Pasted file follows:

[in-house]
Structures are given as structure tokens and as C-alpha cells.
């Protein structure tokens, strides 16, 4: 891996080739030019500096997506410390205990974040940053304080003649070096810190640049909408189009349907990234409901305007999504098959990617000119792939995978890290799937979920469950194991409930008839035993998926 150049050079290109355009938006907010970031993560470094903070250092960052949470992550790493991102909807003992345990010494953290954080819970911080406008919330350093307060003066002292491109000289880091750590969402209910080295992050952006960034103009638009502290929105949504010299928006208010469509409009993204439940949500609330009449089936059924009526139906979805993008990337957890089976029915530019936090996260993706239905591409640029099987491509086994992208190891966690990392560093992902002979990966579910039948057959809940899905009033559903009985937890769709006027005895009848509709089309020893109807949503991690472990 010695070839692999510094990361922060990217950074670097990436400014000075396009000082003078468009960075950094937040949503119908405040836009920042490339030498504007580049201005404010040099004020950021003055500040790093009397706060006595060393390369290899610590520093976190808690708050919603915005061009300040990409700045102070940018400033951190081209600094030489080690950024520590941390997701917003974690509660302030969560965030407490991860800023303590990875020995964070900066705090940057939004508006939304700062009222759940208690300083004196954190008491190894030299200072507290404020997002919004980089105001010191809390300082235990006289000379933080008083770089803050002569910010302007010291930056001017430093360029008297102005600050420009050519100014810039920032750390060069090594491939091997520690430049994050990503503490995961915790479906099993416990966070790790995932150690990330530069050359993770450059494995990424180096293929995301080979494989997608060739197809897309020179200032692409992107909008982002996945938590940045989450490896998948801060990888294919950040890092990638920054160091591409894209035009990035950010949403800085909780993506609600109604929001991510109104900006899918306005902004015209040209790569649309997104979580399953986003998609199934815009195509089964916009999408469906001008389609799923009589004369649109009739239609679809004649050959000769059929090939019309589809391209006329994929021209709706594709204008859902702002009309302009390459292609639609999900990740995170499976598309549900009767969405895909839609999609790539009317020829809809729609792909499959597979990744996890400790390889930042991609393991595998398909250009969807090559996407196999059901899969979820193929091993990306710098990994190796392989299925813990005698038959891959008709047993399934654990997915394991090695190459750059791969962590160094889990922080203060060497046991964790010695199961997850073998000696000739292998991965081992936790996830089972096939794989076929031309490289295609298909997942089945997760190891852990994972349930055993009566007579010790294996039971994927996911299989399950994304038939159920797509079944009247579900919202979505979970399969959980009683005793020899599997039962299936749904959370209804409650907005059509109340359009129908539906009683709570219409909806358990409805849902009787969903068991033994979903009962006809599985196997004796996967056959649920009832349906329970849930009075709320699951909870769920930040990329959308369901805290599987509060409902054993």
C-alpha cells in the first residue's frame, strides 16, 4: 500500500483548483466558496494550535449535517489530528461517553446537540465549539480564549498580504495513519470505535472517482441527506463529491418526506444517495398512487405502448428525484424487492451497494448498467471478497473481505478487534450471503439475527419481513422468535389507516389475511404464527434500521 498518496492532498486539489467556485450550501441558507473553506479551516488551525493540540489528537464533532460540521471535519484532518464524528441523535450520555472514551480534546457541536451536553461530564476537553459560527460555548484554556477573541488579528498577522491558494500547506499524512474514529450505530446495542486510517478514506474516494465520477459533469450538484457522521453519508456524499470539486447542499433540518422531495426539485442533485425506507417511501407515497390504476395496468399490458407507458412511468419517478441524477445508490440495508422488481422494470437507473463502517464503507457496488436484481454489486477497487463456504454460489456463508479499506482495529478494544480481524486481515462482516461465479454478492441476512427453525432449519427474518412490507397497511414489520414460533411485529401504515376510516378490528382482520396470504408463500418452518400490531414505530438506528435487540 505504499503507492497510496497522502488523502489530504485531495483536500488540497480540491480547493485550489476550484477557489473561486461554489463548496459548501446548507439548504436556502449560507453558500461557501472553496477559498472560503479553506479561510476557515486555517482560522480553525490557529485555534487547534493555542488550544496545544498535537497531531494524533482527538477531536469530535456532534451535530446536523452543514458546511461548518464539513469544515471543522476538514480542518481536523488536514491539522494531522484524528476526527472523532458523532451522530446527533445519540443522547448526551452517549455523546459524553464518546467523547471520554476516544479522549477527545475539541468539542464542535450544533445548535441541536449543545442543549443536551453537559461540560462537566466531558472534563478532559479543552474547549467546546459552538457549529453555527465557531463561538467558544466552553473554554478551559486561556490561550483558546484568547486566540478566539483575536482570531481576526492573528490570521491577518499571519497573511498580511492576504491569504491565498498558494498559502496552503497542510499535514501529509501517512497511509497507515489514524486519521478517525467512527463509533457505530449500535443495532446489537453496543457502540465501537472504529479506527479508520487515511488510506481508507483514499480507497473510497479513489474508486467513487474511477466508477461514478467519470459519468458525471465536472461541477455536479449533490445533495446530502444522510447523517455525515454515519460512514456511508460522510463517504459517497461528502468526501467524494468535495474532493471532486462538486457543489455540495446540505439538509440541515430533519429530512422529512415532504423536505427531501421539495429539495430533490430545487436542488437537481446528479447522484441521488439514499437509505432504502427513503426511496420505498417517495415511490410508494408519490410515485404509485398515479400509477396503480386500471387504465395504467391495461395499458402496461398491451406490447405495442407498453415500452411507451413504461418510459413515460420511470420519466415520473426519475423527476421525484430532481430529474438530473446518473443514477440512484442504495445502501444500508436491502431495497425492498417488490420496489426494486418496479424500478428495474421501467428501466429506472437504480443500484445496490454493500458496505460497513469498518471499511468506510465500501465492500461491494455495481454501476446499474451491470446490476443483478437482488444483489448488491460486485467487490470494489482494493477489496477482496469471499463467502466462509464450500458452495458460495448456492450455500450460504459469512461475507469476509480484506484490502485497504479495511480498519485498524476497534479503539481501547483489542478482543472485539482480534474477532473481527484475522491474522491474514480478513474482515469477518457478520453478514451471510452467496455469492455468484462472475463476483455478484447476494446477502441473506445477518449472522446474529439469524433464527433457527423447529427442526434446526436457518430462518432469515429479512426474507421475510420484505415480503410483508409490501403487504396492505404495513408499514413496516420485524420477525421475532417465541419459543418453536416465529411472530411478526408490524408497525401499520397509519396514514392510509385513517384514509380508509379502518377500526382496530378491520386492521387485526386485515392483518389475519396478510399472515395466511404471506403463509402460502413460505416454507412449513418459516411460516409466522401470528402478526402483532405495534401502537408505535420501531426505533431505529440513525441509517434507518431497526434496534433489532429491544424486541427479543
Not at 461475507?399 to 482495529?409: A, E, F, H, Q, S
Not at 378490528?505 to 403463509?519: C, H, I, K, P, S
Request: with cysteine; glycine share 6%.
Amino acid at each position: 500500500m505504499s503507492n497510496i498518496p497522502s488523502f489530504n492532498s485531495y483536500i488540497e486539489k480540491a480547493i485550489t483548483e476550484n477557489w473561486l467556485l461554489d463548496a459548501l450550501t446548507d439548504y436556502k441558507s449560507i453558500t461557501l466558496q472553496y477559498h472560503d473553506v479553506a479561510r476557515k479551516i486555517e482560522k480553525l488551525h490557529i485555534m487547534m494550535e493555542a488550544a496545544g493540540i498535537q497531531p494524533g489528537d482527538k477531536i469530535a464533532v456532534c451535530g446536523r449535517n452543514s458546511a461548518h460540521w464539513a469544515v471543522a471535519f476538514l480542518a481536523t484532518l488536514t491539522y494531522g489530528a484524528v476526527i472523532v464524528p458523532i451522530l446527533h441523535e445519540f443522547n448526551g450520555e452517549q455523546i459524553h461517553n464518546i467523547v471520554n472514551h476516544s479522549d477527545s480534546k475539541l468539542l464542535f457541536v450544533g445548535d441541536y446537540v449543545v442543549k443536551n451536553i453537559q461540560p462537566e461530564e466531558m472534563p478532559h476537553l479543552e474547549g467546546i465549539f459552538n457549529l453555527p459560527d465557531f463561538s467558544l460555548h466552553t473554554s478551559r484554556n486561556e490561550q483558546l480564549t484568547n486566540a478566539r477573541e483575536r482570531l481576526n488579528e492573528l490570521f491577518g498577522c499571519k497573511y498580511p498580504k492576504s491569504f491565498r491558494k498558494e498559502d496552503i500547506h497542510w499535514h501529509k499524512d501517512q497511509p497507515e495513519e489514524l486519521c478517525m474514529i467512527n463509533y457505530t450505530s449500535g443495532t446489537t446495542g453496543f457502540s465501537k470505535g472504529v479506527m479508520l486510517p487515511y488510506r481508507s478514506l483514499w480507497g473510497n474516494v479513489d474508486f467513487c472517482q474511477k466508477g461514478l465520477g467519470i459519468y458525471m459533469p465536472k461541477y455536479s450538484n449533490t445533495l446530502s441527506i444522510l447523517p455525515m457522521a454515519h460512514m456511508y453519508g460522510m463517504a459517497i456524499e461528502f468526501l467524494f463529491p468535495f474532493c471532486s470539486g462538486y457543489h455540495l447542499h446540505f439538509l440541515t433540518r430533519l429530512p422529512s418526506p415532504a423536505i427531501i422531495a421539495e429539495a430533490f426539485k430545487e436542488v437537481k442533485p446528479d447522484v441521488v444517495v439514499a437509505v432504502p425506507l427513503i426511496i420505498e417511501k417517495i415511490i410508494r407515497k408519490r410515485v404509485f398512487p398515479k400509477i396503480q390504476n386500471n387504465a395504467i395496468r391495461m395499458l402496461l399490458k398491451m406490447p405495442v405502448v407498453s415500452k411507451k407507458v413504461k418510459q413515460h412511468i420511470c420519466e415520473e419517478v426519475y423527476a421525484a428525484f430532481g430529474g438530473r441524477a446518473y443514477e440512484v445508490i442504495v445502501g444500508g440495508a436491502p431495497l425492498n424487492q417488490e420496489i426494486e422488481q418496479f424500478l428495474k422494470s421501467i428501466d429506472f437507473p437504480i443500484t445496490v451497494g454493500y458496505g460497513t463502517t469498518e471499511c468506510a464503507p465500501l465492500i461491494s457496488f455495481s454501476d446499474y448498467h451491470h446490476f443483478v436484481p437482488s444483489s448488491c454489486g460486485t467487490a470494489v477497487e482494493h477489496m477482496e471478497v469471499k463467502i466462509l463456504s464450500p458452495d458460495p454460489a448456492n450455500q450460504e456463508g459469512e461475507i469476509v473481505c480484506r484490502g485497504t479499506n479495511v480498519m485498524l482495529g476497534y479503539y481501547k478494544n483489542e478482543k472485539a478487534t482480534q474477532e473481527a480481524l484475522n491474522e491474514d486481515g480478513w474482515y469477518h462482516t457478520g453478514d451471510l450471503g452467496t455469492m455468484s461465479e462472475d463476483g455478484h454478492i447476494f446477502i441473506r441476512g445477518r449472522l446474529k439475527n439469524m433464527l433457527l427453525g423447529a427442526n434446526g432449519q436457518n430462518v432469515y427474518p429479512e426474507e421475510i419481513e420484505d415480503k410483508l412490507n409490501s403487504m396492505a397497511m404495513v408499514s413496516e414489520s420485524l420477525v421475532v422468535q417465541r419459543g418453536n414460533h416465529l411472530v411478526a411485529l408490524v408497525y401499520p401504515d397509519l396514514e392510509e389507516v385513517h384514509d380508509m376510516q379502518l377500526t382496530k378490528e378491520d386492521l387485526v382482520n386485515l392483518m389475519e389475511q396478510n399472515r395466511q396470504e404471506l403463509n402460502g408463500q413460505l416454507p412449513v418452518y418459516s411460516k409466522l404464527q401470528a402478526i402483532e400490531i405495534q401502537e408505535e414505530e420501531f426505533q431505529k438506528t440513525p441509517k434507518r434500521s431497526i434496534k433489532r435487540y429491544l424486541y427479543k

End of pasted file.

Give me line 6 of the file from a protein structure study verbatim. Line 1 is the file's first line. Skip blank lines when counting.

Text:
Not at 378490528?505 to 403463509?519: C, H, I, K, P, S